EMA recently accelerated implementation of its Target Operating Model: the new DADI forms will be released, one form at a time, starting in 2022. The first release of the web-based variation form for human medicinal products is planned to be announced in October 2022. It will be limited to Centrally Authorised Products (CAPs) and the related data will come from EMA’s internal database. The second release, foreseen in March 2023, will support all types of EU variations procedures, including National Procedures (NP), Mutual Recognition Procedure (MRP) and Decentralised Procedure (DCP) as well as mixed CAP/NAP work-sharing procedures. The transition period when both PDF eAF and the web-based forms can be used in parallel will last for six months, which means starting in September 2023, the use of DADI web-based forms will be mandatory and PDF eAF will no longer be supported. DADI implementation will also represent a check point for pharmaceutical companies to test operability of their product management services and IDMP data readiness.

The implementation of DADI represents another step in the EMA roadmap to reach the full interoperability of regulatory information systems on medicines in the European Union and European Economic Area. In this fast-moving context, readiness of your company data and regulatory systems for IDMP implementation is essential, but it represents only the first element on the way to compliance, ensuring the company communication channel with EMA and other European Regulatory Bodies will always be fully operative.
Adoption of the new DADI web-based forms requires review of the company’s processes. Furthermore, organization of data inside the company, data governance and data change management must always be considered, taking advantage of the work already done and work in progress for IDMP readiness. The time is now: companies have the opportunity to work on internal policies and data standards to secure the data management process is fully covered all the way to the DADI exchange of information with regulatory bodies.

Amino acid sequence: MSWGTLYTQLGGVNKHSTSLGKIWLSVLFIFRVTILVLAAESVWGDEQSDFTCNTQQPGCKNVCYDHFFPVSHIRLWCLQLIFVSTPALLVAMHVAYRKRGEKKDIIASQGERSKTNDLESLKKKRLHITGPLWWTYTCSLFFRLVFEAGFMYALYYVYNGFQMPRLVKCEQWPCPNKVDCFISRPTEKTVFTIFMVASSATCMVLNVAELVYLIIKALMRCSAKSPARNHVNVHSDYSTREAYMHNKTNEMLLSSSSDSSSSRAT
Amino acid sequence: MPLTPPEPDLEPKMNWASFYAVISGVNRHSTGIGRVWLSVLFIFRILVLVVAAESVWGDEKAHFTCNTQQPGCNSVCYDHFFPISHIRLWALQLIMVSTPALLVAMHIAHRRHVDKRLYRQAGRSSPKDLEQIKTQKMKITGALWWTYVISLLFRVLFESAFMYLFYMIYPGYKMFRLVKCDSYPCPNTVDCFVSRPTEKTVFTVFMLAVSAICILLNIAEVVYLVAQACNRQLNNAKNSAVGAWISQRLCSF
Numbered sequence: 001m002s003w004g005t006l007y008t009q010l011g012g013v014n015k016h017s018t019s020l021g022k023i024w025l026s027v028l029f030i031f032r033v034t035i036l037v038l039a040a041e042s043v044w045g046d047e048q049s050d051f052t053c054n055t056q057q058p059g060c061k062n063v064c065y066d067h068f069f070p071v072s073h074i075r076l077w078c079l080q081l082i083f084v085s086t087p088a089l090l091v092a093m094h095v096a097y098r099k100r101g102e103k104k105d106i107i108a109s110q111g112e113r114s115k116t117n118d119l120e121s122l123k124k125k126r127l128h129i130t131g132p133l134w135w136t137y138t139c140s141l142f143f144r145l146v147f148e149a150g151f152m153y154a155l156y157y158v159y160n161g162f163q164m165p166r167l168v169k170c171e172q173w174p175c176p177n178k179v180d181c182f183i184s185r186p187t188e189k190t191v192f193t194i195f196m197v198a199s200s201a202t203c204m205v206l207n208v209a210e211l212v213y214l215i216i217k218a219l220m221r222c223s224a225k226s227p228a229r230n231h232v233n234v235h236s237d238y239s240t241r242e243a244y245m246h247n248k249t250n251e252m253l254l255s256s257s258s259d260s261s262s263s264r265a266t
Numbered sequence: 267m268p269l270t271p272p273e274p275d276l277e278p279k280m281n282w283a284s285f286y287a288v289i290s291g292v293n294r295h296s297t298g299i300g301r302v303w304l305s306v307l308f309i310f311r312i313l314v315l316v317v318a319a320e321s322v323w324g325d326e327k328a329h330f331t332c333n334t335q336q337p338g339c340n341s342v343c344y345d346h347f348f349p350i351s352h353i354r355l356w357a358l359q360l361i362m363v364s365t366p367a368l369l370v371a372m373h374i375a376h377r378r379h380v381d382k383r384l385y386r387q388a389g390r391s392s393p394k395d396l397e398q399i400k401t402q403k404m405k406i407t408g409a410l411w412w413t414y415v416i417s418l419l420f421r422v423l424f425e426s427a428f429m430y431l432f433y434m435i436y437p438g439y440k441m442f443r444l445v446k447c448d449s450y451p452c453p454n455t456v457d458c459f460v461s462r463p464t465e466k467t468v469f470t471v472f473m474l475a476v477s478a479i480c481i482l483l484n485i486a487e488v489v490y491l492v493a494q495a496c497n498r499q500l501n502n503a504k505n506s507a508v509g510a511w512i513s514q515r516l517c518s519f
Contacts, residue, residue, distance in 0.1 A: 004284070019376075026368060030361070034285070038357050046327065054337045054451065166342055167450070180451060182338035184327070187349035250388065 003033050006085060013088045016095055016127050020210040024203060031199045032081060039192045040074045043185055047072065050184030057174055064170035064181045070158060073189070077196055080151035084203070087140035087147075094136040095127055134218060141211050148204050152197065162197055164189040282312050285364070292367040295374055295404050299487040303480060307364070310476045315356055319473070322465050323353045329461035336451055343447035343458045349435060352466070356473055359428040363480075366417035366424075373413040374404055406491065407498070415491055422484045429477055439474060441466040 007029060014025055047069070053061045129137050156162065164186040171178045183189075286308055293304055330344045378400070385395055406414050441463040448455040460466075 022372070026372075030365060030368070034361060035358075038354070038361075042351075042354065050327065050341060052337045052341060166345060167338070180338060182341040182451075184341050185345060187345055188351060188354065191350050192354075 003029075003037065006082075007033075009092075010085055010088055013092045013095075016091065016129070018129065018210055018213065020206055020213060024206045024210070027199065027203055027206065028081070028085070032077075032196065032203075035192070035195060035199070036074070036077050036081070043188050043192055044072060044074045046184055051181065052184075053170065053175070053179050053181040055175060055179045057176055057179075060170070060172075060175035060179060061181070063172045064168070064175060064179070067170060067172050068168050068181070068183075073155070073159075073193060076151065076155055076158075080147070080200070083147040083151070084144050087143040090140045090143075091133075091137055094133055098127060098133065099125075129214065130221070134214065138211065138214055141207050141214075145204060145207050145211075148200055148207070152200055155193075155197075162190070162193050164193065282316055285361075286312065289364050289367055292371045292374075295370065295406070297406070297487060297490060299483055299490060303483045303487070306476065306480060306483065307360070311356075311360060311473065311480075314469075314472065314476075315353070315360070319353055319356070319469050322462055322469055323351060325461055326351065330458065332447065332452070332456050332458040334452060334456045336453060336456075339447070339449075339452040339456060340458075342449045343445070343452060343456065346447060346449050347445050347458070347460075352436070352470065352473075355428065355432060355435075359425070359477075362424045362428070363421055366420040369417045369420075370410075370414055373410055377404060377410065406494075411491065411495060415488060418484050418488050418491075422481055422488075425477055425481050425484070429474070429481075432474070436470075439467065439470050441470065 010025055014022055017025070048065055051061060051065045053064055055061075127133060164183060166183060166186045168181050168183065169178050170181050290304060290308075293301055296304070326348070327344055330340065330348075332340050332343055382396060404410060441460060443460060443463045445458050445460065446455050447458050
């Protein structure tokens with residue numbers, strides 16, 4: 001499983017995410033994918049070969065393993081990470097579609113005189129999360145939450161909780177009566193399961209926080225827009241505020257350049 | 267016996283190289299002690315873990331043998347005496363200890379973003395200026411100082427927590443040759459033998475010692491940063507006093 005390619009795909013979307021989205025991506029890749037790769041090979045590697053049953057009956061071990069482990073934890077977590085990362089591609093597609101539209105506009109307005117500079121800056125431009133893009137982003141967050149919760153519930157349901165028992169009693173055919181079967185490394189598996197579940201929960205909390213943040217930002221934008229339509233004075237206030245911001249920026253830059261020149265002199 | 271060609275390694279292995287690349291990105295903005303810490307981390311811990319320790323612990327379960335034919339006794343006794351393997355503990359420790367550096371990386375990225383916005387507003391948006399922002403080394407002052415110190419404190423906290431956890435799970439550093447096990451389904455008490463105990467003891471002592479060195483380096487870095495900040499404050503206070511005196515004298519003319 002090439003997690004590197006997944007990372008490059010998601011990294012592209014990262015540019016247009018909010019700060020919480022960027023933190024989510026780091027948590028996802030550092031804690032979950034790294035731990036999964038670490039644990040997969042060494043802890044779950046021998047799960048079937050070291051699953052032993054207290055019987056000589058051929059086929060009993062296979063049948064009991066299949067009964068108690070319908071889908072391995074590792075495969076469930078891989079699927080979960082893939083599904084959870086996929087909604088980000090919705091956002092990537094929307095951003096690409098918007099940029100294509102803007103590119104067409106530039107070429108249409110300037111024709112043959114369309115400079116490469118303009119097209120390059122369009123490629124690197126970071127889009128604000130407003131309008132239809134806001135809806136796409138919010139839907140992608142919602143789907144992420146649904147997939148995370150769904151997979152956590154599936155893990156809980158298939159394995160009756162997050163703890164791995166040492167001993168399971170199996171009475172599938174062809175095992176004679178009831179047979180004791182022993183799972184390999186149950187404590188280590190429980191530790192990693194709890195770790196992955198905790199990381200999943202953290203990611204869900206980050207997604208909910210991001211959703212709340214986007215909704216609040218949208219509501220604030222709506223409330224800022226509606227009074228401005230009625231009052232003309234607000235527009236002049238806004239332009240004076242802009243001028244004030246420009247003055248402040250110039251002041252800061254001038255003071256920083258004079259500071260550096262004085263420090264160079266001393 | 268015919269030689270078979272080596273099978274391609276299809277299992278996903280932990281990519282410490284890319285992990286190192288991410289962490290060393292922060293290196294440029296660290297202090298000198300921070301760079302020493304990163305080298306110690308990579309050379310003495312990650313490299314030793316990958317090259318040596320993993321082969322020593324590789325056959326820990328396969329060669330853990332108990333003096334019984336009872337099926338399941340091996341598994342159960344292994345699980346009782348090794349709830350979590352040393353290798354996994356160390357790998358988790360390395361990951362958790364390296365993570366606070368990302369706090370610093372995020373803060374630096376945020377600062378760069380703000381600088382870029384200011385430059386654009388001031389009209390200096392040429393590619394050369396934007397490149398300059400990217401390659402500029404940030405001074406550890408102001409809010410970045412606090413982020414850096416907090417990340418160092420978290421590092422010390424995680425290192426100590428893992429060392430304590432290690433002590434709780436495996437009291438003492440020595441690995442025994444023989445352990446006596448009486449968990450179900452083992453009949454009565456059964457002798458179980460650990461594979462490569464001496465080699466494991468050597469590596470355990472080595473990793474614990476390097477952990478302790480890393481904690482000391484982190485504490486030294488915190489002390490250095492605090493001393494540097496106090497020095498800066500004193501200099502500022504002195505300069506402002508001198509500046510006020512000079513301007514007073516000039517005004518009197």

The EMA is moving quickly to establish well integrated and interoperable regulatory information systems. Systems integration will allow reduction of data silos and improvements in interoperability across EU systems are expected to bring operational excellence and more efficient and timely exchanges of consistent and valuable data in line with data integrity principles. Other regulatory bodies worldwide are working in the direction of data standardization and interoperability of regulatory information systems, from the US FDA to the Japanese MHLW, passing through the Eurasian Economic Union.

Being ready for the change

This environment represents a continuous challenge for pharmaceutical companies shifting and adapting their operations and systems to face the new regulatory trends. IT systems must be adapted to match requirements of the increasingly complex, always-evolving regulatory environment. Economic investments are required. Company policies and procedures must be rapidly and effectively adapted to new operations systems.
Make clear where your organization is, determine your goal and set an agile project plan to quickly adapt your organization (quality system, documents and data management) and infrastructure to be data management ready for IDMP new requirements and the newly established interoperable regulatory information systems.

Are you ready for change?

PQE Group can support your business in reaching the compliance for your products as well as in implementing new procedures, tools and software.

To get more information or support, get in touch with us  or check our Quality Compliance dedicate page to find the most suitable solution for your company.